A vast majority of intelligence analysts don’t intentionally add political bias into their own analysis, but that doesn’t mean that their intelligence products can’t be used to further someone’s political agenda. There is little that an intelligence professional can do if their supported decision-maker decides to make a political argument with their product. What’s important for intelligence analysts in this era of fake news, spin, propaganda, and outright deception is to take active measures to ensure their own work isn’t tainted by theirs, or someone else’s, political ideology.
While there are many methods and techniques to help the individual with their own analysis, there are several operational steps that managers often overlook.
1. Identify Where it is Most Likely to Be Found
At the tactical or street level, politicization of intelligence is extremely rare. Spot reports, moving target indicators, tactical intelligence estimates, network diagrams, and threat maps are simply tools for analysis in support of operations. These are raw pieces of data that have not been pre-processed or edited so they haven’t been touched by human bias and, as such, are not suited to directly or indirectly pose a political argument.
The higher the level of intelligence support, to include the combatant command and national-level agencies, the more effort there should be within those organizations to ensure that political bias is identified and exposed. As the Trump dossier has highlighted, any intelligence containing information that is already under intense political debate is suspect. Intelligence organizations that rely on information that has been collected, processed, handled, and packaged with someone else’s analysis – especially open-sourced analysis – should also be heavily scrutinized. If much of the information analysts rely upon is second-hand analysis, time and effort should be made to evaluate these sources. As recent news has shown, both commercial and government sources can be politically biased.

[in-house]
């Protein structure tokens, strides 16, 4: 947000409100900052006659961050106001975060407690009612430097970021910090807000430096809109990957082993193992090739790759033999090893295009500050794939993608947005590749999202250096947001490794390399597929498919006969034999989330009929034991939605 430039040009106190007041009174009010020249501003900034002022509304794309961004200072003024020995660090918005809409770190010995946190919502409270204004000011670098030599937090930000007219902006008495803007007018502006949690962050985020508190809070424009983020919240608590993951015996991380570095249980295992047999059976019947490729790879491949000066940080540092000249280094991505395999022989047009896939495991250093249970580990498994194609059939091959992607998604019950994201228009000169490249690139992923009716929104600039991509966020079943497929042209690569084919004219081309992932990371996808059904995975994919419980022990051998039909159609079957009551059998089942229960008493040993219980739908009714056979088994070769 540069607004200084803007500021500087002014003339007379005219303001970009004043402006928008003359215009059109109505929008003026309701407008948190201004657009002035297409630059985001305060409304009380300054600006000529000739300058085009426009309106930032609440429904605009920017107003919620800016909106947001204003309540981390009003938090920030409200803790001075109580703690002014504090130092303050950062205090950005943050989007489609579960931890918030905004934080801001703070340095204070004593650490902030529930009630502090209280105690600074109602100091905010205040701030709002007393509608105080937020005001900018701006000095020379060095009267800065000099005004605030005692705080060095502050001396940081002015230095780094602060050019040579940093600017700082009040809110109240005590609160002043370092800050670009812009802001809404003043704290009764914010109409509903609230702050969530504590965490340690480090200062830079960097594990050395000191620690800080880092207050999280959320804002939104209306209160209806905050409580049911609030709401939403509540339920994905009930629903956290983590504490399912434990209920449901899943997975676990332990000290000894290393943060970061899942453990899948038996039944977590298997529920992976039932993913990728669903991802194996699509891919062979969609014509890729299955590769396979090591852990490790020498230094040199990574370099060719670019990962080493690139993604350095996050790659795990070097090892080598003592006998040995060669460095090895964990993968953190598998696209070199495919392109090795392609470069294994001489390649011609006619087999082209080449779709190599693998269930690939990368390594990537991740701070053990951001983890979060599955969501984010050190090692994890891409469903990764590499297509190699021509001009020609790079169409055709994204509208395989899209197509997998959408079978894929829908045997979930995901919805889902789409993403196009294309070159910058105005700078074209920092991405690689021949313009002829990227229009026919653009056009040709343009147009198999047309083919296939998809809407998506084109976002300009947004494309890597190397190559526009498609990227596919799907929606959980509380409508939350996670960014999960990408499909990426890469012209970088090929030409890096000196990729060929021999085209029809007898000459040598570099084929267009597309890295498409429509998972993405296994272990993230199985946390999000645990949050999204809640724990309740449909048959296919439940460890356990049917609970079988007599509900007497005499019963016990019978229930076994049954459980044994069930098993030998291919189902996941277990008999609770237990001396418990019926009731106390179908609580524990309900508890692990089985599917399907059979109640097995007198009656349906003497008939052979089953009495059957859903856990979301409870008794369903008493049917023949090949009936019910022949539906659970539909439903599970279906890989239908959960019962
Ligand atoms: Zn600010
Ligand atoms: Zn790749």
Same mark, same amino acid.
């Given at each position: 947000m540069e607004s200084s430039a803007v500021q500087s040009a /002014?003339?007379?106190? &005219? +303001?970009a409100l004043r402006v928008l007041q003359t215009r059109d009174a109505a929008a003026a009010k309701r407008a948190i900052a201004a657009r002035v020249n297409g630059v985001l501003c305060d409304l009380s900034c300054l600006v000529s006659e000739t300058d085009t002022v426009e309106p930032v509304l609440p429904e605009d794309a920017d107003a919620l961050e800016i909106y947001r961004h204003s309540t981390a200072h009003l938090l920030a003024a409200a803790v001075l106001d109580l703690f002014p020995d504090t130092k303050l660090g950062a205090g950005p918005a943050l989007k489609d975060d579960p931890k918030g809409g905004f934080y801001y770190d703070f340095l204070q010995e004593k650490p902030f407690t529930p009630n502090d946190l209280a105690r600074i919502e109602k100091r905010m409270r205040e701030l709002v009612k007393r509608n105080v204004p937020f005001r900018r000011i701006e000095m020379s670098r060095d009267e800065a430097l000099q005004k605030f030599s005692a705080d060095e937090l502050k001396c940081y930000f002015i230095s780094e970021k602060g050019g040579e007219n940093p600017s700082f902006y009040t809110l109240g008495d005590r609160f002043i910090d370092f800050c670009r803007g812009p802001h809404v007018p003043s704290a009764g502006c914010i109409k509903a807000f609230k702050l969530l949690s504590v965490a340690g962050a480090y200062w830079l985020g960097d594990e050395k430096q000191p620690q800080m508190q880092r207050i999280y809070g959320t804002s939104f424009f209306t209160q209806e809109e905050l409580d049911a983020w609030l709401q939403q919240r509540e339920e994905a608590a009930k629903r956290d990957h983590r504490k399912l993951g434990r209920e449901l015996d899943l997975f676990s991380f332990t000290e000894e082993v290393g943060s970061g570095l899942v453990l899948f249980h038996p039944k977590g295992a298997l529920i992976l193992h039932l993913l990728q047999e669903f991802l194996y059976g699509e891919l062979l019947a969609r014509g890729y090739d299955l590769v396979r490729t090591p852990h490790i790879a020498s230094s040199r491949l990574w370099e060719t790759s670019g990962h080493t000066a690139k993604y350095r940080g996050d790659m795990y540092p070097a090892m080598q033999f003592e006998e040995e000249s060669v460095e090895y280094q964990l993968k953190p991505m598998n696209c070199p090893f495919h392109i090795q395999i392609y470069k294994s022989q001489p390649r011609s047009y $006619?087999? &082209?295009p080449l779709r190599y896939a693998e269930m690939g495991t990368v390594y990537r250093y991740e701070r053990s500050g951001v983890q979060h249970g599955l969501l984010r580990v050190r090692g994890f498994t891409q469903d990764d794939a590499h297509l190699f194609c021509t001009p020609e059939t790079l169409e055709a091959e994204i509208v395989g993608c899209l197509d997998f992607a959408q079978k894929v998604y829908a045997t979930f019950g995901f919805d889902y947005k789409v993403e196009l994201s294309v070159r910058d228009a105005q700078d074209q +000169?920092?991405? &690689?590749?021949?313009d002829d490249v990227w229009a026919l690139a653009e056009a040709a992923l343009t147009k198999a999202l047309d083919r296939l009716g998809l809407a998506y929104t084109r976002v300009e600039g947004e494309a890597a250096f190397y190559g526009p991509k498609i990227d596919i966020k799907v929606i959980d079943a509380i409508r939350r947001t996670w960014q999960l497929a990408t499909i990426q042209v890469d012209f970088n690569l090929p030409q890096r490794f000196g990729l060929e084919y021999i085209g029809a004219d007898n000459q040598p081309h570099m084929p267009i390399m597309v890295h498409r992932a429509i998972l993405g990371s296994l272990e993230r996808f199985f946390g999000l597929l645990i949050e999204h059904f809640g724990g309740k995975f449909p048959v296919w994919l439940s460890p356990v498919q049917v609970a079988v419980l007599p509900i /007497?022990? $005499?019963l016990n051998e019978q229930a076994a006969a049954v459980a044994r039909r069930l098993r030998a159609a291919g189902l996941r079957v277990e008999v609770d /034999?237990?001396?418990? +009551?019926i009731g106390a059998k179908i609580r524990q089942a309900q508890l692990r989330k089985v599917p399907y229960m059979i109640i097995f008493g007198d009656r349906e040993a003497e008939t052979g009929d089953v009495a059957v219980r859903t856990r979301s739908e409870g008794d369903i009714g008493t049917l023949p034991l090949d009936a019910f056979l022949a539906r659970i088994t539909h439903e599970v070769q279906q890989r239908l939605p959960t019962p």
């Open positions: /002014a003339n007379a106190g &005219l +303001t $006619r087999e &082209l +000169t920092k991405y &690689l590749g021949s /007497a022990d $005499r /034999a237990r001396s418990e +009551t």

2. Minimize Personnel and Organizational Bias
Notice that I did not say to eliminate your own bias; that’s impossible. We all are equipped to make discriminating judgments in our lives, and many of those require us to take our emotions into account. Unless you’re a Vulcan, it is impossible to totally eradicate emotional perspectives from your analytic thought processes. Instead, recognize your own perspective or have someone else tell you what they see as a pattern in your opinions and ideas. You may not like or agree with what they see, but it is still crucial to periodically get outside of the echo chamber of your own opinions. With this knowledge, you can better identify any of your own bias that may happen when creating your own reports or products and adjust to minimize or better explain it as you work.